Probiotics

Posted by Pharmacist on May 07, 2010

Probiotics are defined as live microorganisms that are similar to beneficial microorganisms found in the human gut.  Probiotics are available in both foods and dietary supplements.  Foods containing probiotics include yogurt, some juices and soy beverages, miso, fermented and unfermented milk, and tempeh.  The bacteria can be added or may have been present originally in both foods and supplements.  Probiotic dietary supplements take the form of powders, capsules or tablets.  In America, spending on probiotics has tripled from 1994 to 2003.

Interest in the use of probiotics has grown due to promising reports of potential prevention and treating of certain health conditions.  A 2005 conference of the National Center for Complementary and Alternative Medicine (NCCAM) and the American Society for Microbiology found encouraging  evidence for the use of probiotics.  The following are some examples:

-Treatment of diarrhea, especially diarrhea from rotovirus

-Prevention and treatment of urinary tract infections

-To shorten an intestinal infection caused by Clostridium difficile

-To reduce recurrence of bladder cancer

-To treat irritable bowel syndrome

-To prevent and treat pouchitis

-To prevent and manage eczema in children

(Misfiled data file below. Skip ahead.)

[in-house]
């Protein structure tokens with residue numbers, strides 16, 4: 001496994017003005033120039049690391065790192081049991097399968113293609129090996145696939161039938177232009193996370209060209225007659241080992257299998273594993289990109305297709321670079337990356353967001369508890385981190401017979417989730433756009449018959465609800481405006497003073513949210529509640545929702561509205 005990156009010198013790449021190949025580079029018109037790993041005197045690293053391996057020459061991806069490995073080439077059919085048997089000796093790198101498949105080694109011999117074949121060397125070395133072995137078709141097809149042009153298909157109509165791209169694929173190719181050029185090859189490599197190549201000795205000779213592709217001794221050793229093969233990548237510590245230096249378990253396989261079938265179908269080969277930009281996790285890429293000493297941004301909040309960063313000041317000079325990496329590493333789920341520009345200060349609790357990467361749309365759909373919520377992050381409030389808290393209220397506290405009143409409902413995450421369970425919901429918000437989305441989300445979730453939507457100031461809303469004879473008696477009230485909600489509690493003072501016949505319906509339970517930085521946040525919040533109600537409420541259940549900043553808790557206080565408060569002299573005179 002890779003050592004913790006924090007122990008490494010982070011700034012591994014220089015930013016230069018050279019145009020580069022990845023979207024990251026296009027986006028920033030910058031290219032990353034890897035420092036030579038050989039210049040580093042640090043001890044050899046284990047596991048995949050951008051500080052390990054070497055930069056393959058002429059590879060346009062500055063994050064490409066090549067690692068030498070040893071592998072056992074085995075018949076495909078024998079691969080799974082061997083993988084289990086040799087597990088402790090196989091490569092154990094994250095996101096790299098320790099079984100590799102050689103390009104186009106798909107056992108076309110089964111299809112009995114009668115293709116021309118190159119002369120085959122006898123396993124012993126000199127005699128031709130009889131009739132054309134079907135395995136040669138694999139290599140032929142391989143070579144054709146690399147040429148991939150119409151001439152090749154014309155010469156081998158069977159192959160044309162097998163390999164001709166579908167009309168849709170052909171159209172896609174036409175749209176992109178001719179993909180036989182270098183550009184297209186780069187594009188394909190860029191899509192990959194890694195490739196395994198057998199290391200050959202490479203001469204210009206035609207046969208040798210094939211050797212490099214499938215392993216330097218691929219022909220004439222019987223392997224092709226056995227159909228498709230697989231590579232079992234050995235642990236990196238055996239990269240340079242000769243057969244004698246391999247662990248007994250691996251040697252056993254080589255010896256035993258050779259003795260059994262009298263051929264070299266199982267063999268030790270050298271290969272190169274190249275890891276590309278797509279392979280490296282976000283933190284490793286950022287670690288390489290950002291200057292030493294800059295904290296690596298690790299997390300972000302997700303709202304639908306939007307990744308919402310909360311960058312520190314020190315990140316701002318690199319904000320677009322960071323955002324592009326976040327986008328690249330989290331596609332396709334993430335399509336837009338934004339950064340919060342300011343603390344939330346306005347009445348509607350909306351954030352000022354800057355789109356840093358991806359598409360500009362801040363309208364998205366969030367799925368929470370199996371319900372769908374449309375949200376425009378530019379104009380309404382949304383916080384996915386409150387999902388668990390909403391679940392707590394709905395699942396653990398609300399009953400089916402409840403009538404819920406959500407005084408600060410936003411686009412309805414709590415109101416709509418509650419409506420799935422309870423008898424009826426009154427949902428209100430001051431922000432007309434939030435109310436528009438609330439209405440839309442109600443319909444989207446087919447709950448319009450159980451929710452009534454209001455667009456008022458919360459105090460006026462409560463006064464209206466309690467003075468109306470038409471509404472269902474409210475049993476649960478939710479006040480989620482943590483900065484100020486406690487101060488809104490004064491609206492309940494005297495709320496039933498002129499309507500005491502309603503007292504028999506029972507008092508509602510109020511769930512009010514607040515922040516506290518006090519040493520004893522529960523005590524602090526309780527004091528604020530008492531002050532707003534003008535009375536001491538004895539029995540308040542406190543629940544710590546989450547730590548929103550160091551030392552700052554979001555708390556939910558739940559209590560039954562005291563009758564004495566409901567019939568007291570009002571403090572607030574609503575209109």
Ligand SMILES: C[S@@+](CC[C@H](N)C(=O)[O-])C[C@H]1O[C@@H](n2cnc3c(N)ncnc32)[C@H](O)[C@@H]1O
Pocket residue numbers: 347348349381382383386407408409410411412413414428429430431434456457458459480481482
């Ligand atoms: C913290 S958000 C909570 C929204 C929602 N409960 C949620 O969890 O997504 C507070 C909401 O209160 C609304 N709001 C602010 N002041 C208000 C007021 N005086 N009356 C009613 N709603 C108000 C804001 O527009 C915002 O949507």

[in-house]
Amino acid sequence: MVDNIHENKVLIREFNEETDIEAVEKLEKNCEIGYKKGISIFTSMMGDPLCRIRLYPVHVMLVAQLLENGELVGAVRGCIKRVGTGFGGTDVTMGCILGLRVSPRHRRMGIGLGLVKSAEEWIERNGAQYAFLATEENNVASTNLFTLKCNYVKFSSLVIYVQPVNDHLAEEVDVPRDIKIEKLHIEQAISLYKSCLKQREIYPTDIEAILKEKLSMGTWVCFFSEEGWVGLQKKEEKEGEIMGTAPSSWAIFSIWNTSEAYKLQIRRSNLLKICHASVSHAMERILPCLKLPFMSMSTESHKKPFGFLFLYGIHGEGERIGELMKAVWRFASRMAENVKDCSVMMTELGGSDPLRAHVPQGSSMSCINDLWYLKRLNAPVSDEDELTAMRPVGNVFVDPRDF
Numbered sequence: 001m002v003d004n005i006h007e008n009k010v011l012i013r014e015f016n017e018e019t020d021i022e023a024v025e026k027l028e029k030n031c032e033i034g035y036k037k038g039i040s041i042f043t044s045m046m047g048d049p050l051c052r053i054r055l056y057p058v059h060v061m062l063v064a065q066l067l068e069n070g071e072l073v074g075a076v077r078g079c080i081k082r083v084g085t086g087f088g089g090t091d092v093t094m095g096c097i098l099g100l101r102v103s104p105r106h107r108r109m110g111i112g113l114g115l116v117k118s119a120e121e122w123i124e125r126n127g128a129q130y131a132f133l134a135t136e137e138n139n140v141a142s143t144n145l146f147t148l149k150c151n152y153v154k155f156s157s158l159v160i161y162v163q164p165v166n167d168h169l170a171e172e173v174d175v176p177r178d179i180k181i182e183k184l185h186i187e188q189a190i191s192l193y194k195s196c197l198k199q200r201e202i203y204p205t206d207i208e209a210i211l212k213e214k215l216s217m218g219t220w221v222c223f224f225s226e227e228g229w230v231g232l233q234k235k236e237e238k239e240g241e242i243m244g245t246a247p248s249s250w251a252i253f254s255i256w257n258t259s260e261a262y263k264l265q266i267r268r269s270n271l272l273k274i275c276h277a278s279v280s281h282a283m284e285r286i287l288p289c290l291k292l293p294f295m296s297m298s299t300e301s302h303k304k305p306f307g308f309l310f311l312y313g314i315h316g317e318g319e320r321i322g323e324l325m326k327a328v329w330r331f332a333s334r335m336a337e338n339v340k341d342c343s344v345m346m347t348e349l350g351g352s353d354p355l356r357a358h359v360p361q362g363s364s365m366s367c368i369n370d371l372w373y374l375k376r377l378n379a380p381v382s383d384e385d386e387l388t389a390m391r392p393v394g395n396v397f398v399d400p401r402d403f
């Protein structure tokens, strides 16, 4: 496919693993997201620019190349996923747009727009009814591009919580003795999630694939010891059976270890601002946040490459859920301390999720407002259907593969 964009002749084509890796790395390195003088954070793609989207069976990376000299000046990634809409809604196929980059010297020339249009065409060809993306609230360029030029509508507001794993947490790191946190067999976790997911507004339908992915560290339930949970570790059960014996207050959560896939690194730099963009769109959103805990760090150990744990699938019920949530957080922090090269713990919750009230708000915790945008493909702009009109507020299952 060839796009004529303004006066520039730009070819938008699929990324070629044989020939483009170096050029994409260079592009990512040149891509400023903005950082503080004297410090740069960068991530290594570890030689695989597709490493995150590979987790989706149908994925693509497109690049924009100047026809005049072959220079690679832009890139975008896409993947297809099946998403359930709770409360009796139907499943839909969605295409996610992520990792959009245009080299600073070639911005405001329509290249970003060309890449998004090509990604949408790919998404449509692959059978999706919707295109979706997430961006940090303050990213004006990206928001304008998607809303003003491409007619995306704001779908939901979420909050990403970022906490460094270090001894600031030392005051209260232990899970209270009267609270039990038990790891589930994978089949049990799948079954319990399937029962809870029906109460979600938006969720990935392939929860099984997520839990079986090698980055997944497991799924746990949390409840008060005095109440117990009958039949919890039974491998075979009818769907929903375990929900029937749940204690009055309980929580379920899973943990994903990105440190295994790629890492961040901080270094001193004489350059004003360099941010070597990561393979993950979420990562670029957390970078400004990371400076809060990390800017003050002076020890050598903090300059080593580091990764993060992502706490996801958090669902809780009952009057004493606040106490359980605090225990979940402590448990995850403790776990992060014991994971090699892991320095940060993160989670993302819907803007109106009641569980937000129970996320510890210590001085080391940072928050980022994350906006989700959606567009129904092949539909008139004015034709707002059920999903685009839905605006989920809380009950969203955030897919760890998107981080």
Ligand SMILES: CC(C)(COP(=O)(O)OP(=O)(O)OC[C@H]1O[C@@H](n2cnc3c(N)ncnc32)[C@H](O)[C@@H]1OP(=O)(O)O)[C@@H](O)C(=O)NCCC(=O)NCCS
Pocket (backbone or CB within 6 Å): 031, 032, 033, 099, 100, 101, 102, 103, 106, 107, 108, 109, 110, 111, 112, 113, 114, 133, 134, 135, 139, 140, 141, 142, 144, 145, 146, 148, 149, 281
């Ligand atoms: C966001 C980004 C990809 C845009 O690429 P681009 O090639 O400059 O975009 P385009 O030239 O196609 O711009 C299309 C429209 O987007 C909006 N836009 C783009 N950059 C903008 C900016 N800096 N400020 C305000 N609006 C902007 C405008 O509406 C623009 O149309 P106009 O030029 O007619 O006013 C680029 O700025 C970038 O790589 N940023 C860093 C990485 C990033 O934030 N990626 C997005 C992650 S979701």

More research needs to be done to determine firmer conclusions.  The safety of probiotics has not been thoroughly studied scientifically.  Although, probiotic potential side effects tend to be mild such as bloating or gas.  There is a potential that probiotic use could cause infections or could stimulate unhealthy metabolic activities.

Most likely consuming yogurt or other foods containing probiotics daily would not be harmful.  As far as probiotic supplements, these are considered dietary supplements and there are currently no guidelines on recommended amounts.  It is imperative that you consult your health care provider before taking probiotics as a treatment or let your health care provider know if you are currently taking them.

Bottom line, moderate daily use of probiotics in foods should be fine and you could see several potential benefits.  If you are considering taking probiotic supplements, definitely consult your health care provider first and do not use as a substitute for prescribed medication.

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